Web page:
Colorado/Canyon: 4 trim levels, 3 cab styles, 2WD or 4WD. 
Ranger: 6 trim levels, 3 cab styles, 2WD or 4WD.
Tacoma: 3 trim levels, 3 cab styles, 2WD or 4WD.

RESULTS. GMC claims the Colorado’s Extended Cab has more room than the Ranger SuperCab, and looking closely at Tacoma’s equivalent, the Access Cab, the Colorado/Canyon does have a slight edge in millimeters and often inches when it comes to head, leg, and shoulder room for a compact truck. The Ranger might have more trim options, but Tacoma is the flashiest, boasting 18 different model configurations including a very slick and fast X-Runner muscle car. Plus the Pre-Runner trim offers a two-wheel drivetrain but with four-wheel-drive suspension and the same raised styling – there is no competition for that.

Colorado/Canyon: $13,910-$23,810 (MSRP)
Ranger: $13,860-$24,315 (MSRP)
Tacoma: $14,180-$26,015 (MSPR)

RESULTS. Let’s talk real packages: If you select a Ranger XLT, the modest of trim upgrades, you’ll get a favorable base retail price of $16,830. The primo Ranger with the FX4 Level II is around $24,245 – a great deal for a top-notch equipment package. The no-frills Tacoma package would be a Regular Cab 4x4 at $18,025; one of the more expensive Tacoma configurations is the Double Cab Long Bed V6 4x4 with a top-of-the-line SR5 Package and is priced out at $31,054. A deluxe 4x4 Colorado would come with the 3LT trim, has the 3.7-liter, Crew Cab and short bed, the Z71 Suspension Package and trailer provisions – altogether you’re looking at $28,024. On an overall sales level, Colorado/Canyon U.S. sales peaked in 2005 at 163,204 units, surpassing the Ranger by nearly 35% but dropped to 27.5% this past year. But the Colorado/Canyon remains more than 3% behind Tacoma sales.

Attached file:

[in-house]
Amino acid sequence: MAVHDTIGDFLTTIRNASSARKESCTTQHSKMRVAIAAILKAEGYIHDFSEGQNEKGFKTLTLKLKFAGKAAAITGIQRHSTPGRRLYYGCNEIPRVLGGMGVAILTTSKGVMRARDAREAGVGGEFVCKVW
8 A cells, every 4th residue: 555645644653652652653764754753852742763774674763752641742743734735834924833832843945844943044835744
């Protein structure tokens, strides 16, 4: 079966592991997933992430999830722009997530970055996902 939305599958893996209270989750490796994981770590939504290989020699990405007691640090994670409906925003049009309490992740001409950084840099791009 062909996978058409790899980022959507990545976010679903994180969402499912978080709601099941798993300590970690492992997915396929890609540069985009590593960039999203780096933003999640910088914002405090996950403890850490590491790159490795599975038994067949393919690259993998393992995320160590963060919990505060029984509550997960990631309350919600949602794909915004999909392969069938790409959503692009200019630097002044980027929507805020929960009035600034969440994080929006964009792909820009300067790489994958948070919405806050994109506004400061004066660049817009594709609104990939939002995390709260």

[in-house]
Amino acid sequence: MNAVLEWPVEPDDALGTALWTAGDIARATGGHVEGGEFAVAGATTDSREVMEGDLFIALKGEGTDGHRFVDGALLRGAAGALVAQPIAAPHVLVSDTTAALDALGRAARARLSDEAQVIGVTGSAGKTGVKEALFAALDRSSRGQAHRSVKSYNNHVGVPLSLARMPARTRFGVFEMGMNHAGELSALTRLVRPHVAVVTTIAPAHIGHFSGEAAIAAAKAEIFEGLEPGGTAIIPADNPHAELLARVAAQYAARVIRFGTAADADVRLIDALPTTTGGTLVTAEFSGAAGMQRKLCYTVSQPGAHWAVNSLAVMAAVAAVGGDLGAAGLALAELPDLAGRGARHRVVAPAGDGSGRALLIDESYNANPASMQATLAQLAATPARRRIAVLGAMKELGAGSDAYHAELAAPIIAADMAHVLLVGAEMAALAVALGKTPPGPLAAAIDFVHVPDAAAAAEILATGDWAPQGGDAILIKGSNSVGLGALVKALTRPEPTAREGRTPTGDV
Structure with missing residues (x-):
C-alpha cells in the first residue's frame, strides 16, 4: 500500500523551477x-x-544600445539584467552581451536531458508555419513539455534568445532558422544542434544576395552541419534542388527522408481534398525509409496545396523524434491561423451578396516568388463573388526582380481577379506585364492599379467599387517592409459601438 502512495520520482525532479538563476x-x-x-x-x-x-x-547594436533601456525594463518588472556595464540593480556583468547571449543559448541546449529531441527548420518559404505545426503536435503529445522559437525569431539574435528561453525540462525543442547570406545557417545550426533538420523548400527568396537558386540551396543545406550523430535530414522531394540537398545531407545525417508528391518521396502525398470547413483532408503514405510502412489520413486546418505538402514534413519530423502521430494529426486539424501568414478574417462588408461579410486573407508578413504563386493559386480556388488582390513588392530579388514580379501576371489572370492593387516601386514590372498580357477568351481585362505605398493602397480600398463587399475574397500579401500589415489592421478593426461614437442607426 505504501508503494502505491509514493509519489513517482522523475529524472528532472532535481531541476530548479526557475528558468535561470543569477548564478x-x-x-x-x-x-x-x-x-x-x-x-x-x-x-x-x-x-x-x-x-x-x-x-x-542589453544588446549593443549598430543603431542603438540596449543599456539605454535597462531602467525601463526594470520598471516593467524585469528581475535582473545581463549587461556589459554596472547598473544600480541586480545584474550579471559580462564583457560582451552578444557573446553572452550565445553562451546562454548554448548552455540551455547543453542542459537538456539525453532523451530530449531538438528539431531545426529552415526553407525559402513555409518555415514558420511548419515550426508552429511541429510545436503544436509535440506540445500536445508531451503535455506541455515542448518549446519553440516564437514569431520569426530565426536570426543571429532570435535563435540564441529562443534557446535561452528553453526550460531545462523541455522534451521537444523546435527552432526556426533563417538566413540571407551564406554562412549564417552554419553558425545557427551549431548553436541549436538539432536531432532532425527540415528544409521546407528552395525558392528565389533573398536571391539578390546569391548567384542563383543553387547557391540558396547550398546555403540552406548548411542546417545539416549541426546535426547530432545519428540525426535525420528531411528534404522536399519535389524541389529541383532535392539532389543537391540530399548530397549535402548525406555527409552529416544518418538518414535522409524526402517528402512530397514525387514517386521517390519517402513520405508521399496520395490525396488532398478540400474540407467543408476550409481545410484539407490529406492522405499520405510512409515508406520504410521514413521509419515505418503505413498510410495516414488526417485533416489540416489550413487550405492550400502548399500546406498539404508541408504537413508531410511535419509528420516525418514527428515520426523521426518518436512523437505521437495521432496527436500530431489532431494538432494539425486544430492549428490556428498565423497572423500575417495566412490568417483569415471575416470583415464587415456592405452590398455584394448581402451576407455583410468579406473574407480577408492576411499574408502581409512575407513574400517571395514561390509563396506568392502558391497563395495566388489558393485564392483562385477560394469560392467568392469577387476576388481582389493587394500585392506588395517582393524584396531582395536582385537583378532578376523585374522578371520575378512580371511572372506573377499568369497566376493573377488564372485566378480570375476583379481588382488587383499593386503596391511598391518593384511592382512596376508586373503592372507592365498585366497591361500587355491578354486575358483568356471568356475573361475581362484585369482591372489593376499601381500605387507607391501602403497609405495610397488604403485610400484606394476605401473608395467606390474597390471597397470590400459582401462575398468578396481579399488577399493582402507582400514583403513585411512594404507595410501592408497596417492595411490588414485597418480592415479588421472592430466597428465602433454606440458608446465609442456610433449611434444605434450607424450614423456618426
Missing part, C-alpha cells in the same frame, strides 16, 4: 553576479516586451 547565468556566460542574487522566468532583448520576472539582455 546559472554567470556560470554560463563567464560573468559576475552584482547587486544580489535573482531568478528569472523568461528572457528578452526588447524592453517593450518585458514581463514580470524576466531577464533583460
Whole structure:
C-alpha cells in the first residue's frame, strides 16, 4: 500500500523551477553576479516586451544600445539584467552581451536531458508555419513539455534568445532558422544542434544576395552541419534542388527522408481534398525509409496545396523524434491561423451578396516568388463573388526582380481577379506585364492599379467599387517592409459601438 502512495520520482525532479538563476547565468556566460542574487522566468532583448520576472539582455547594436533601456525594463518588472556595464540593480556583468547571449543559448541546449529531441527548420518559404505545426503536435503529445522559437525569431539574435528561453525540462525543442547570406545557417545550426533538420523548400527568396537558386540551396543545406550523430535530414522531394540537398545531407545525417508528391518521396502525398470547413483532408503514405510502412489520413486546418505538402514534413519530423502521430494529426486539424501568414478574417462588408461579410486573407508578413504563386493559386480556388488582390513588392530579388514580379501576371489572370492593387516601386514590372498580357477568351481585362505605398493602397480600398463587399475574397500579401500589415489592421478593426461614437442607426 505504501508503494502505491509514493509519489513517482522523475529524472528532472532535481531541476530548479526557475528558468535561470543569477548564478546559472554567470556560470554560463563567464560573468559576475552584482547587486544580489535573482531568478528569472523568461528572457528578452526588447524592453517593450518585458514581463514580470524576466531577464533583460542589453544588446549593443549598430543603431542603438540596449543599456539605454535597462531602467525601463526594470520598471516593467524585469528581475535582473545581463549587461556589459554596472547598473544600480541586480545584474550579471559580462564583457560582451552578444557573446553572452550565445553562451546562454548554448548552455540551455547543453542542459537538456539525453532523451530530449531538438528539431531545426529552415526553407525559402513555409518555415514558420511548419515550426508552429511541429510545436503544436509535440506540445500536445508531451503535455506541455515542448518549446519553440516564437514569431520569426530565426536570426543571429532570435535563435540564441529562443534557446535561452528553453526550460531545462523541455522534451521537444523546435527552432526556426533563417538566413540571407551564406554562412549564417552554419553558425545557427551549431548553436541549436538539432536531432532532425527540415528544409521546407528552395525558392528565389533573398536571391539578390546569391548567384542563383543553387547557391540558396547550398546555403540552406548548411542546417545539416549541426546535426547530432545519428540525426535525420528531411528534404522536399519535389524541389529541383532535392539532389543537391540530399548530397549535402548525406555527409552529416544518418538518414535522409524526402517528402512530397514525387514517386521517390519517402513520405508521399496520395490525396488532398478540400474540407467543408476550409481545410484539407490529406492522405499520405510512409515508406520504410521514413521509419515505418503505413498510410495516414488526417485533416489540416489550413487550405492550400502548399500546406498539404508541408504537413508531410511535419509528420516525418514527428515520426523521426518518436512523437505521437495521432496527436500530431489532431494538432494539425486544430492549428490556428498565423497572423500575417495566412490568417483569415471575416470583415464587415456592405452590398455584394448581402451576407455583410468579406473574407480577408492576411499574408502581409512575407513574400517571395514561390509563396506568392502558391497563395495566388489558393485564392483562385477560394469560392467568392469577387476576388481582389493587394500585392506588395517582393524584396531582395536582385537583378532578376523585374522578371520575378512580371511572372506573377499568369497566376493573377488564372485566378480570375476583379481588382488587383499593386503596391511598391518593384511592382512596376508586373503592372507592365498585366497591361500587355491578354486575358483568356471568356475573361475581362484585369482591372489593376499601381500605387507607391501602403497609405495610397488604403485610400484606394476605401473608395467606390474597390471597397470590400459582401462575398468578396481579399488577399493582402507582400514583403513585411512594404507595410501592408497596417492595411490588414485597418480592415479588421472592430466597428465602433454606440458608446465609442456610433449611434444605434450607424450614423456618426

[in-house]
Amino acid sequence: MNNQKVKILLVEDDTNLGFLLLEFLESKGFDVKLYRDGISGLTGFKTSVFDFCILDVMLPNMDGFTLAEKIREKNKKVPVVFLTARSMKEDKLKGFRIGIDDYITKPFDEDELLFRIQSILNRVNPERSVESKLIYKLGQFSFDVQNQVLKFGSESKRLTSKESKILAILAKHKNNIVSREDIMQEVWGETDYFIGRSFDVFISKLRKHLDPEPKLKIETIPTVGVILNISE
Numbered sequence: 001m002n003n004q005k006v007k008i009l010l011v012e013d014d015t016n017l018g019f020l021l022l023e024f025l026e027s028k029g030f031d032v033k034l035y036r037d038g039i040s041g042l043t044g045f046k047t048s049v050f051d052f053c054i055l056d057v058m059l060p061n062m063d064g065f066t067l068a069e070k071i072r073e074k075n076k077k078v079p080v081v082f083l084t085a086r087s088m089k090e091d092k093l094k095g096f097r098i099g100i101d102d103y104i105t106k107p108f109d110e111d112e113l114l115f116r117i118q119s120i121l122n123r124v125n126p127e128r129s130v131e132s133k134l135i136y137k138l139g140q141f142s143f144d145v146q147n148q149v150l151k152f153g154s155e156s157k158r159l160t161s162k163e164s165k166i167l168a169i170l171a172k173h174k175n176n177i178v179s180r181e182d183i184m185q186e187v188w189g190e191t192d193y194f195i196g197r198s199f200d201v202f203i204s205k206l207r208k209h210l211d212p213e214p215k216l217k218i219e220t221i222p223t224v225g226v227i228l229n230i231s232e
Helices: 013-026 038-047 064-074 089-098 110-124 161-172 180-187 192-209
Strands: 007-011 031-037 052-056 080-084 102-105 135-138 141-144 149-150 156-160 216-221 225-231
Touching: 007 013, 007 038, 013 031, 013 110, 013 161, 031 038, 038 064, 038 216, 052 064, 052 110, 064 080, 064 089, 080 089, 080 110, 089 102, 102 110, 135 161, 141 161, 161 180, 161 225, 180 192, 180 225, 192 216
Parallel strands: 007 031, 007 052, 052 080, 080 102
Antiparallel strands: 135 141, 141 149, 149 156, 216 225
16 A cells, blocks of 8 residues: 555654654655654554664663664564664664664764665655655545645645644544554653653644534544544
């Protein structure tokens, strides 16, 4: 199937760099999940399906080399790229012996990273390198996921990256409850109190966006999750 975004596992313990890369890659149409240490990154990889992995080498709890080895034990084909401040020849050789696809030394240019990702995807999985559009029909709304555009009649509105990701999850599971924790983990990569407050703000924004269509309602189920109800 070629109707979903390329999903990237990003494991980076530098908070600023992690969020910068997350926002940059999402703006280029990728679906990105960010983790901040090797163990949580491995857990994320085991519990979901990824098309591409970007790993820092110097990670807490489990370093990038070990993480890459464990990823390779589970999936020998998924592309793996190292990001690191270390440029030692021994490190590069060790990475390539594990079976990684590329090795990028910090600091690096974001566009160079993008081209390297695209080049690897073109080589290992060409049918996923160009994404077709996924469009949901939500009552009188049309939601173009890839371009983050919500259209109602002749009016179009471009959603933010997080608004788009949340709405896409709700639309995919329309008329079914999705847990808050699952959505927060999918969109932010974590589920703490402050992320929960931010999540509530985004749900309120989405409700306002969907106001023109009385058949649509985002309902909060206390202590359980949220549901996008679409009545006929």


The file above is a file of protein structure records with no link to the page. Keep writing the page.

The Colorado/Canyon I-5 engine is pretty powerful, but it’s not going to tow like the Ranger’s or Tacoma’s V6s. The smaller Colorado/Canyon I-4 engine cannot compete with other model’s gas saving options. Granted, the Colorado/Canyon has the largest interior space. And the Ranger has a great price when you package it out. But the Tacoma can tow. The Tacoma can save gas. The Tacoma comes in a lot of flavors. The Tacoma can morph into a 2WD, still have 4WD suspension and the same raised styling, and be worth more money when you sell it down the line because it has a great reliability reputation. So you’ll pay a higher price for a Tacoma, because this decision is what has contributed to Toyota’s success: Making cars for less than it costs GM and selling them at a higher price than any other American manufacturer. A recent Newsweek article reported a $1,800 profit-per-car advantage over GM in the U.S. and after three years, a Toyota retains 52% of its value compared to 43% for a GMC or Chevy. The Tacoma is a win-win business situation for you and Toyota, just not for American auto manufactures. We might love the idea of American made, but we’re putting compact truck value on the import – the Tacoma. Newsletter